If archaeological aliens were to come down to Earth today, what physical artifacts and archives would they unearth to best represent the human experience? We might think about showing them objects in museums, books in libraries, and photos in albums, but the most sincere and spontaneous physical representation of the human experience is picked up every week in front of our homes: our trash.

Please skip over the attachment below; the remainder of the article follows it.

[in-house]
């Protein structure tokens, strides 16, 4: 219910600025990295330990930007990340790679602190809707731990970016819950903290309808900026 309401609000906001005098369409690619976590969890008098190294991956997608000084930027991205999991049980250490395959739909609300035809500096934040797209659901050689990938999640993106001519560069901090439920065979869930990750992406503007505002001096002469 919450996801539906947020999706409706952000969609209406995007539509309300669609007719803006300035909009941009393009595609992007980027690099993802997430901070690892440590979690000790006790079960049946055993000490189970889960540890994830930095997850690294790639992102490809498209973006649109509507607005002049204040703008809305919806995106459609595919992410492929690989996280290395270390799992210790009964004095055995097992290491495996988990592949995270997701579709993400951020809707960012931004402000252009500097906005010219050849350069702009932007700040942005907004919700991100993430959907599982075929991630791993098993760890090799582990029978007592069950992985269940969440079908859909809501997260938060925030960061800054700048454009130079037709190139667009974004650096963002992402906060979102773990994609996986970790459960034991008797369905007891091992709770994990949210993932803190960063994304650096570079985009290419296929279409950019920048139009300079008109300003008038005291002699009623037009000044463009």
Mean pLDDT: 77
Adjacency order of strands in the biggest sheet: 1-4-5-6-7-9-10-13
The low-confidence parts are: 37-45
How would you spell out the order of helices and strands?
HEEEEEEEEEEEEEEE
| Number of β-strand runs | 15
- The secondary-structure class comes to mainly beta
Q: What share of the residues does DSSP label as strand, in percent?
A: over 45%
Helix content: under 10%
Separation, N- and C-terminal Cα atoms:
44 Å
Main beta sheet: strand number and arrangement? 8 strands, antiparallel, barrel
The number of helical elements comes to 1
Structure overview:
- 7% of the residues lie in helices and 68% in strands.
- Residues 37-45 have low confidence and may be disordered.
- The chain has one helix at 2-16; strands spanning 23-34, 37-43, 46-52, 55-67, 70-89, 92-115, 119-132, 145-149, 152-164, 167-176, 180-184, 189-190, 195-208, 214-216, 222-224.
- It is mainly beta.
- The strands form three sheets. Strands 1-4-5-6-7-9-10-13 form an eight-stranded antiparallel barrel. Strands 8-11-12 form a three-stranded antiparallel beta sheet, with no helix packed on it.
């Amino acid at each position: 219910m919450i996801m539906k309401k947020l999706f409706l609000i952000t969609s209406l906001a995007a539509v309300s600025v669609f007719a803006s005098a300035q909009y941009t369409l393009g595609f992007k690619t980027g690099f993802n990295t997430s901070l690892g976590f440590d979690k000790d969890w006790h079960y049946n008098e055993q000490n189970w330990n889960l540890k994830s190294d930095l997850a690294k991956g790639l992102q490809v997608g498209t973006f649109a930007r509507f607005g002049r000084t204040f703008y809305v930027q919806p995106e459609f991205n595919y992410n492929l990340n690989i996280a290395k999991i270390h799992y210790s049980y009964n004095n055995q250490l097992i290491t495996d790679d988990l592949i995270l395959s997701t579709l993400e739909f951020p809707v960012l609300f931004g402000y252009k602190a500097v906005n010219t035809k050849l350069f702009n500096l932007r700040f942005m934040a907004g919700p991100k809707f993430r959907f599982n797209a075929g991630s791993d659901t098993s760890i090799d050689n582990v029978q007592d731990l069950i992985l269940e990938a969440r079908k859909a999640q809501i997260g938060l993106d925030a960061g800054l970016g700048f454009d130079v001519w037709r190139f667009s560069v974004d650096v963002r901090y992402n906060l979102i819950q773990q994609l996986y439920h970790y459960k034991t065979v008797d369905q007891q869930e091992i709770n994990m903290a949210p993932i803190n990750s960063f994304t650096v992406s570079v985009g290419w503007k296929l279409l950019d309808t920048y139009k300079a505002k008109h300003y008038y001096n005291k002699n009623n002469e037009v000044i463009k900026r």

Earth Objects is an exploration into what could be considered the most natural and honest human archive. The Earth Objects zine begins to question how we think about our trash as a byproduct, rather than an archive. The Earth Objects installation highlights one piece of trash, the Ishmael Book, and explores the hidden identities and possible complex narratives behind our waste. The Earth Objects Archive, a permanent installation, places special importance on the collected pieces through careful curation and handling, the use of archival aesthetics, and the careful preservation of objects routinely meant to be out of sight and out of mind. The practice of archiving these objects gives value to the pieces, not by presenting them as beautiful objects, but by exhibiting that they are worthy of archive because of their honest representation of the human experience.